You might know the name Cameron Brink from her demeanor on the court playing for Stanford, her record breaking statistics, or signature braided hair. But there's much more to her than what is on the surface. Eden Laase of Just Women's Sports gave us an inside look of what it's like to be Cameron Brink in her recent profile.
Cameron represents multiple qualities at once. A collegiate athlete. A young girl interested in art and not sports. A mental health advocate. A daughter, sister, teammate. A student eager to learn more. A young adult struggling with anxiety. She also shows that it's acceptable and more than okay to represent multiple layers.
What else do we see? A role model for Gold Crown kids. We encourage you to read on and learn about her journey from a child to a top tier collegiate athlete. But most importantly see how she copes with internal struggles and self doubt, like so many youth today.
Cameron Brink has a note taped to the inside of her locker. It’s there so she can see it every day — before every practice, after every game. Even if she opens her locker because she forgot something, it’s there, reminding her.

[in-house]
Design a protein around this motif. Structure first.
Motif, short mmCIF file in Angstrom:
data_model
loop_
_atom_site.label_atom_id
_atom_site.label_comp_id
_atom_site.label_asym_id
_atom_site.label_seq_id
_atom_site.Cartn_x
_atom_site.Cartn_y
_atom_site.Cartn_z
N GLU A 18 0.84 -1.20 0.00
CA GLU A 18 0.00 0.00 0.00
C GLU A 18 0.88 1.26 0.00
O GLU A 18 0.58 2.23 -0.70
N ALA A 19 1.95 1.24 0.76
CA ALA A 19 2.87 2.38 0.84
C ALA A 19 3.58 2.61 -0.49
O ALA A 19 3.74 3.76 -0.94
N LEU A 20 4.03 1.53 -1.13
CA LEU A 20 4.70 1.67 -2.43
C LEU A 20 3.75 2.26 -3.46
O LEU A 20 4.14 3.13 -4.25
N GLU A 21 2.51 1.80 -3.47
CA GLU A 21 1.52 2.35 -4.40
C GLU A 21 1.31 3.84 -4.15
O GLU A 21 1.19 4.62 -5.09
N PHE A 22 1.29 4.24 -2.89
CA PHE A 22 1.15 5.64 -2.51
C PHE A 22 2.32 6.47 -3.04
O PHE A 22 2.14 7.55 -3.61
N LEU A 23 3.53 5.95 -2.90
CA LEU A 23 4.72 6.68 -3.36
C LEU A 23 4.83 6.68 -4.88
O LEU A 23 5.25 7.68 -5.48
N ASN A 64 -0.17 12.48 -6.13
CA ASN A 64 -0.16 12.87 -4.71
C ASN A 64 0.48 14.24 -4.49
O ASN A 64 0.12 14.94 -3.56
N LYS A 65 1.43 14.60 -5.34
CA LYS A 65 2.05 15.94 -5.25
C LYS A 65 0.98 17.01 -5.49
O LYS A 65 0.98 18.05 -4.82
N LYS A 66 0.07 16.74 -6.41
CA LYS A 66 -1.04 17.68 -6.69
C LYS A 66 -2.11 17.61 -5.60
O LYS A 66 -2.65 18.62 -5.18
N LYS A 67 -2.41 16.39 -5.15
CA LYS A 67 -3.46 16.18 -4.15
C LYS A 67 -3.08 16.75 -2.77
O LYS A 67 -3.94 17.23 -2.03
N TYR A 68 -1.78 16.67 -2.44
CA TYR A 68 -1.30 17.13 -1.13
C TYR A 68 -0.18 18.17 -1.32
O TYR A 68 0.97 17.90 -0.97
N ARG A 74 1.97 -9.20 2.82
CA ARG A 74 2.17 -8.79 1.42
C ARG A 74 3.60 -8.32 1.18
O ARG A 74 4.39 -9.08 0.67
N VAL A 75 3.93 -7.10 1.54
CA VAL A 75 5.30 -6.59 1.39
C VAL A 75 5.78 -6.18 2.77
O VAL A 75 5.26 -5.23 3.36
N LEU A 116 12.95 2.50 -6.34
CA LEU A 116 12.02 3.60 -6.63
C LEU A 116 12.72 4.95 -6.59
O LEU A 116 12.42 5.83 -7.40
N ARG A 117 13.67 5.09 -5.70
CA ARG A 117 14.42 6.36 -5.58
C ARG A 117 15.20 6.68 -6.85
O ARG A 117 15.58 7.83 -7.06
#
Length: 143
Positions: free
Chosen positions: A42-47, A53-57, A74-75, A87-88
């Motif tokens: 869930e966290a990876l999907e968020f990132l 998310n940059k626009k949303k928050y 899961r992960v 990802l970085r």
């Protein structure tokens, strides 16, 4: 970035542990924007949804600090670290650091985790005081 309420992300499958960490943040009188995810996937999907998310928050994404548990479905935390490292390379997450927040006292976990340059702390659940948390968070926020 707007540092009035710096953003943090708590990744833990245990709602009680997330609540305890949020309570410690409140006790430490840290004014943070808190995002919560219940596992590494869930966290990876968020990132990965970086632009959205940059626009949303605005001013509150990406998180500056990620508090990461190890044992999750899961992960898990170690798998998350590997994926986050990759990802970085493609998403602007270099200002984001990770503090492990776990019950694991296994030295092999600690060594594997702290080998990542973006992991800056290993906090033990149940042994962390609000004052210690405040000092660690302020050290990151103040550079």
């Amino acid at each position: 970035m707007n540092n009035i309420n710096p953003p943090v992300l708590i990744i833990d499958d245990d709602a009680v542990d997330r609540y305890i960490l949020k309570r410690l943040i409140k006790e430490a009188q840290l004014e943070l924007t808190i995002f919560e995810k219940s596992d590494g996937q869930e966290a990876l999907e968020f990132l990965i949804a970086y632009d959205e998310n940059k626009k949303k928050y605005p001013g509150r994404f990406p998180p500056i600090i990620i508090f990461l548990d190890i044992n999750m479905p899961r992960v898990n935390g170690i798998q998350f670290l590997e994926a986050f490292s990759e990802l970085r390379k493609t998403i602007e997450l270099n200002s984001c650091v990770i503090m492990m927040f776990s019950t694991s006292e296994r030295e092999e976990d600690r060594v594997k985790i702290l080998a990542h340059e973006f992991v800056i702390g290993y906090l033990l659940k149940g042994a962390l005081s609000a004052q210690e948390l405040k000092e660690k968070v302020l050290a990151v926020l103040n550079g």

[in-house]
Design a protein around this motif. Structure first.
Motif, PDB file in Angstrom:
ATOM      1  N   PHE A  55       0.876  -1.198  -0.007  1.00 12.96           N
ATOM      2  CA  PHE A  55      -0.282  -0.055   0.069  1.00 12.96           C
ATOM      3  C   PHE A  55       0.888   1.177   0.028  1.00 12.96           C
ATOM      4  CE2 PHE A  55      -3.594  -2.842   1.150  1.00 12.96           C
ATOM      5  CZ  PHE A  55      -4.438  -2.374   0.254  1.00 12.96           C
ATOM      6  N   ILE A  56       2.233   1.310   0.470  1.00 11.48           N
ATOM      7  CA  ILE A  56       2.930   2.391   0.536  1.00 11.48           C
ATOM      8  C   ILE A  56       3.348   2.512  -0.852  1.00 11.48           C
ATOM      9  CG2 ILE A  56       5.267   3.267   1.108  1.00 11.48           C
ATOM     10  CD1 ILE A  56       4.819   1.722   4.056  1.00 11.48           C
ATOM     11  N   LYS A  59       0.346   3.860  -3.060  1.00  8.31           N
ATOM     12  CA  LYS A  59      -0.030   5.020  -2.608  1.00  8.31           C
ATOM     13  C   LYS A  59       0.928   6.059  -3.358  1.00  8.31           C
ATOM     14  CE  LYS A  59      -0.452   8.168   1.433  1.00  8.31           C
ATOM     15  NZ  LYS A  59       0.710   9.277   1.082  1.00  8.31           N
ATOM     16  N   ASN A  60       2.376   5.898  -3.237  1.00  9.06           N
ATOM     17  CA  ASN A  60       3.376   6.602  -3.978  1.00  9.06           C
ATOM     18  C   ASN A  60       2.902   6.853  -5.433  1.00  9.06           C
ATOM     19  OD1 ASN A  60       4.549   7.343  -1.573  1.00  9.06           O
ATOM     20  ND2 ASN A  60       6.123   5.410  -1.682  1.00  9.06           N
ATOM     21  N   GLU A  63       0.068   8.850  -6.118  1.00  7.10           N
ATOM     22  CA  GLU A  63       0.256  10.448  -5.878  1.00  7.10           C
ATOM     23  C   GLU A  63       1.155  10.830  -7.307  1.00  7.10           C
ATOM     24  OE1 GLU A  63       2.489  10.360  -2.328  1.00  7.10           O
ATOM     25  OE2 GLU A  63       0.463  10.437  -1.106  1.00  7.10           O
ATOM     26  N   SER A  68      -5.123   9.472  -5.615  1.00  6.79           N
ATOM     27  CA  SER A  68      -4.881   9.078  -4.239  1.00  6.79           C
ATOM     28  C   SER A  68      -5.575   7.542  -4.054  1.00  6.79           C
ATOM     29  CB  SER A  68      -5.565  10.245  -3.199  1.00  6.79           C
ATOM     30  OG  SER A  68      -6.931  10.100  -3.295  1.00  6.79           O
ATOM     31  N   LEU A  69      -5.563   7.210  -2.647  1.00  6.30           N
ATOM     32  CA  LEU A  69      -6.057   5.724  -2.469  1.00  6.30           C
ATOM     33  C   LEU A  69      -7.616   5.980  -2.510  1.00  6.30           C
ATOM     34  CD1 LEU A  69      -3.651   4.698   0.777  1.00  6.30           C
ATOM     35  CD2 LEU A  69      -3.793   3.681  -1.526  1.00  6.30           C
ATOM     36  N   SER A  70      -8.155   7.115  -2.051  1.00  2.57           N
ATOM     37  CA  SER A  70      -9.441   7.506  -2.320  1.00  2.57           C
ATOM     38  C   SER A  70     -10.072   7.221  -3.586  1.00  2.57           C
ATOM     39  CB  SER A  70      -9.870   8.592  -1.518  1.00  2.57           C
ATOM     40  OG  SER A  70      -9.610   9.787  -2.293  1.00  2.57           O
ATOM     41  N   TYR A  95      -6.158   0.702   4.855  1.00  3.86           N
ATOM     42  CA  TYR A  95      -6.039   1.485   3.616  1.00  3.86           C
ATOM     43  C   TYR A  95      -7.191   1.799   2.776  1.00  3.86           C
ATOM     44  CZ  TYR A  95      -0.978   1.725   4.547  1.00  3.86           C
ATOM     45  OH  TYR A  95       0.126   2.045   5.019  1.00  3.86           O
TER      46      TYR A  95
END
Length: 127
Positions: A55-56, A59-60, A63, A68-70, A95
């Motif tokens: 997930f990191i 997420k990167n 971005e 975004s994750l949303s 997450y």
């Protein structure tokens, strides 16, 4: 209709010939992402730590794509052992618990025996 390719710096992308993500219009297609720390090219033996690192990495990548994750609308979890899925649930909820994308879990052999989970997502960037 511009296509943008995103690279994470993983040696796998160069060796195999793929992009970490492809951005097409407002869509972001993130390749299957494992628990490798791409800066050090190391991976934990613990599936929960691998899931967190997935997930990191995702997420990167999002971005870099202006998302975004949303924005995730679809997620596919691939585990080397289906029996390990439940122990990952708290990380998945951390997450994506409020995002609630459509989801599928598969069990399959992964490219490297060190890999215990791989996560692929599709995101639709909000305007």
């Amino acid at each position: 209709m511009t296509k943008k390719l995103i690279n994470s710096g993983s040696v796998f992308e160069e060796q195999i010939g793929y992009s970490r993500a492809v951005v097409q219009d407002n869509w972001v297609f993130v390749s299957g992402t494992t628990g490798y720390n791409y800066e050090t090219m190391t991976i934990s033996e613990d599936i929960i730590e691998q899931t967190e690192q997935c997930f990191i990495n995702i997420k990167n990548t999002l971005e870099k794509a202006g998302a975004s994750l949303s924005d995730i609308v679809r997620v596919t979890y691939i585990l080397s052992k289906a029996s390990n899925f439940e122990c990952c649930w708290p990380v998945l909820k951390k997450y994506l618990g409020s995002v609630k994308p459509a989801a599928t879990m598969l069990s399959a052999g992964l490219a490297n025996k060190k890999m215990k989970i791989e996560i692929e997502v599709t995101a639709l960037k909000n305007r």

It’s from a former Stanford staff member, Jaylyn Savage. When she left to take another job, she wrote Brink the note.
Composed with thick black ink on white paper, it starts with a greeting. Then comes the part that has stuck with Brink since she first read it.
“It’s so refreshing to see someone as talented as you still be a kid at heart. Never lose that quality. So many athletes of your caliber don’t have that.”
She’s trying not to.
As a basketball player, Brink is thriving. She’s averaging a near double-double with 14.4 points and 9.6 rebounds per game for No. 6 Stanford, and she’s second in the country with 3.6 blocks per contest. Brink was on the cover of SLAM and is a Wooden Award candidate. She’s even tempered the foul problem that plagued her first two seasons. And on Jan. 29, she pulled off a rare feat, recording a triple-double with 10 blocks.
On the court, she’s the best she’s ever been.
Off the court, things aren’t as easy.
Sometimes, Brink lays in bed at the end of the day and thinks about how great everything should be.
“But I don’t feel OK,” she says. “And that’s scary.”
That’s why the note means so much to Brink. Because Savage saw through everything else. Savage saw her for her.
Beyond the intense player on the court. Beyond the pretty face partnering with companies on Instagram. Beyond the Stanford student. Beyond the mental health advocate.
Beyond her own negative thoughts.
So when days get heavy, when outside voices are talking too much, or when the chatter in her own head can’t be quieted, Brink can look at the note and know who she is.
Photo: (DARREN YAMASHITA/USA TODAY SPORTS)